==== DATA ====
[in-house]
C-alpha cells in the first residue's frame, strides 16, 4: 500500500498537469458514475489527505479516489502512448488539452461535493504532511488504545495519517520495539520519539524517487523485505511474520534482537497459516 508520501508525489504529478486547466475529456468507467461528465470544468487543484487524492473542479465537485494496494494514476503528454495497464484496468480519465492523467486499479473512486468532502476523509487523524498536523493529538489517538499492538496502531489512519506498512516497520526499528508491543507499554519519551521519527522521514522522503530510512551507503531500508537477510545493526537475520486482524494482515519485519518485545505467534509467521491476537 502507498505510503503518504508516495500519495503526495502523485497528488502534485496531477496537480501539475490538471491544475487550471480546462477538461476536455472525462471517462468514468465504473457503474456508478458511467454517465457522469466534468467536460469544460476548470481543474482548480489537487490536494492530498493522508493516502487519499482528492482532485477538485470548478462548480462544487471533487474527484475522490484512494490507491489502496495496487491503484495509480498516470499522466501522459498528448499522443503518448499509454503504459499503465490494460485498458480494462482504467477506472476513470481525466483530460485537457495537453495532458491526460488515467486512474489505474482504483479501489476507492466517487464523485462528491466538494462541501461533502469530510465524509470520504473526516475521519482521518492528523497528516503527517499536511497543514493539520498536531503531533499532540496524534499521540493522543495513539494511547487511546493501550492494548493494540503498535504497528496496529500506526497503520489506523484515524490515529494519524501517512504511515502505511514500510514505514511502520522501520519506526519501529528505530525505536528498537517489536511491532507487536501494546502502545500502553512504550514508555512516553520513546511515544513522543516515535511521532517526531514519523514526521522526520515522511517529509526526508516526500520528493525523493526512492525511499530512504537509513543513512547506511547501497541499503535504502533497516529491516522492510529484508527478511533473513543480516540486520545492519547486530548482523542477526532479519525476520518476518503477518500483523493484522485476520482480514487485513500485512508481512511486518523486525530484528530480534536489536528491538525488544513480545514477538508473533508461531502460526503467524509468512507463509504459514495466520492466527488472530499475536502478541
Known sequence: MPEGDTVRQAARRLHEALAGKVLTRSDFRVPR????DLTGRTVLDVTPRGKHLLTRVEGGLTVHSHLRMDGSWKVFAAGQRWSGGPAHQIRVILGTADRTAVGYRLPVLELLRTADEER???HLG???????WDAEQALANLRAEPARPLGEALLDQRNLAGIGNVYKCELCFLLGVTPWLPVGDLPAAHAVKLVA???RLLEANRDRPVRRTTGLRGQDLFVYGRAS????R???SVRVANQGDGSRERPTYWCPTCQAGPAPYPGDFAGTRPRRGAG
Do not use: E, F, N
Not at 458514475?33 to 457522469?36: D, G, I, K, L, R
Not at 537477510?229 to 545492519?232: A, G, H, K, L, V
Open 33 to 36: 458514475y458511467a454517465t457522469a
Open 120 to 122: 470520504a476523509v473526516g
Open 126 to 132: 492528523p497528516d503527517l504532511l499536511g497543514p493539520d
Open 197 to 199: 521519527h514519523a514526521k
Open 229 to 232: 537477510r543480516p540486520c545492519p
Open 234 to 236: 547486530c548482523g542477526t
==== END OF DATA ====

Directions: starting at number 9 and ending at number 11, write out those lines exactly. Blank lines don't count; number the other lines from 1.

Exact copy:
Open 126 to 132: 492528523p497528516d503527517l504532511l499536511g497543514p493539520d
Open 197 to 199: 521519527h514519523a514526521k
Open 229 to 232: 537477510r543480516p540486520c545492519p